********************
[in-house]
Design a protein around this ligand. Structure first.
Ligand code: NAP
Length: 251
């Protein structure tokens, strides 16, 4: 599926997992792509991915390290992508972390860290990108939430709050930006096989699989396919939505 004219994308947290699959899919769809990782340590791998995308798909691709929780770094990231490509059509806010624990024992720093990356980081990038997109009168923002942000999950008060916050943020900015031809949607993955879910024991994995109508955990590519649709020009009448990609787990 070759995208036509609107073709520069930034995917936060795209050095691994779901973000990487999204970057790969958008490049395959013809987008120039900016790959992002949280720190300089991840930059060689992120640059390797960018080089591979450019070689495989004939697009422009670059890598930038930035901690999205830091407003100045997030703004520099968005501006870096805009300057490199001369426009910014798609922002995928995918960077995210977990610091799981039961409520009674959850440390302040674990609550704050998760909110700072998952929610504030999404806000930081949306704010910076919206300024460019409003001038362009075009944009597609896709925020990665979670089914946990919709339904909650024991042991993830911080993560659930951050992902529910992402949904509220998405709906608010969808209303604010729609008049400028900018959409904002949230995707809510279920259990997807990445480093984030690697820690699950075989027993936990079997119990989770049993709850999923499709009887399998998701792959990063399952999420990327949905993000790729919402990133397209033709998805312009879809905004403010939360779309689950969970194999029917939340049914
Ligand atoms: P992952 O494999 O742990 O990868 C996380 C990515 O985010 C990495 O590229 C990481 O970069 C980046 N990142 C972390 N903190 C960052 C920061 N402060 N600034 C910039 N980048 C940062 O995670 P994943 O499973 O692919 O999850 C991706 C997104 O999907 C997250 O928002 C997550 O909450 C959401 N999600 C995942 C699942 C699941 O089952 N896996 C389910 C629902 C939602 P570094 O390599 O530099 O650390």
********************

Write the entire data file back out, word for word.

[in-house]
Design a protein around this ligand. Structure first.
Ligand code: NAP
Length: 251
């Protein structure tokens, strides 16, 4: 599926997992792509991915390290992508972390860290990108939430709050930006096989699989396919939505 004219994308947290699959899919769809990782340590791998995308798909691709929780770094990231490509059509806010624990024992720093990356980081990038997109009168923002942000999950008060916050943020900015031809949607993955879910024991994995109508955990590519649709020009009448990609787990 070759995208036509609107073709520069930034995917936060795209050095691994779901973000990487999204970057790969958008490049395959013809987008120039900016790959992002949280720190300089991840930059060689992120640059390797960018080089591979450019070689495989004939697009422009670059890598930038930035901690999205830091407003100045997030703004520099968005501006870096805009300057490199001369426009910014798609922002995928995918960077995210977990610091799981039961409520009674959850440390302040674990609550704050998760909110700072998952929610504030999404806000930081949306704010910076919206300024460019409003001038362009075009944009597609896709925020990665979670089914946990919709339904909650024991042991993830911080993560659930951050992902529910992402949904509220998405709906608010969808209303604010729609008049400028900018959409904002949230995707809510279920259990997807990445480093984030690697820690699950075989027993936990079997119990989770049993709850999923499709009887399998998701792959990063399952999420990327949905993000790729919402990133397209033709998805312009879809905004403010939360779309689950969970194999029917939340049914
Ligand atoms: P992952 O494999 O742990 O990868 C996380 C990515 O985010 C990495 O590229 C990481 O970069 C980046 N990142 C972390 N903190 C960052 C920061 N402060 N600034 C910039 N980048 C940062 O995670 P994943 O499973 O692919 O999850 C991706 C997104 O999907 C997250 O928002 C997550 O909450 C959401 N999600 C995942 C699942 C699941 O089952 N896996 C389910 C629902 C939602 P570094 O390599 O530099 O650390």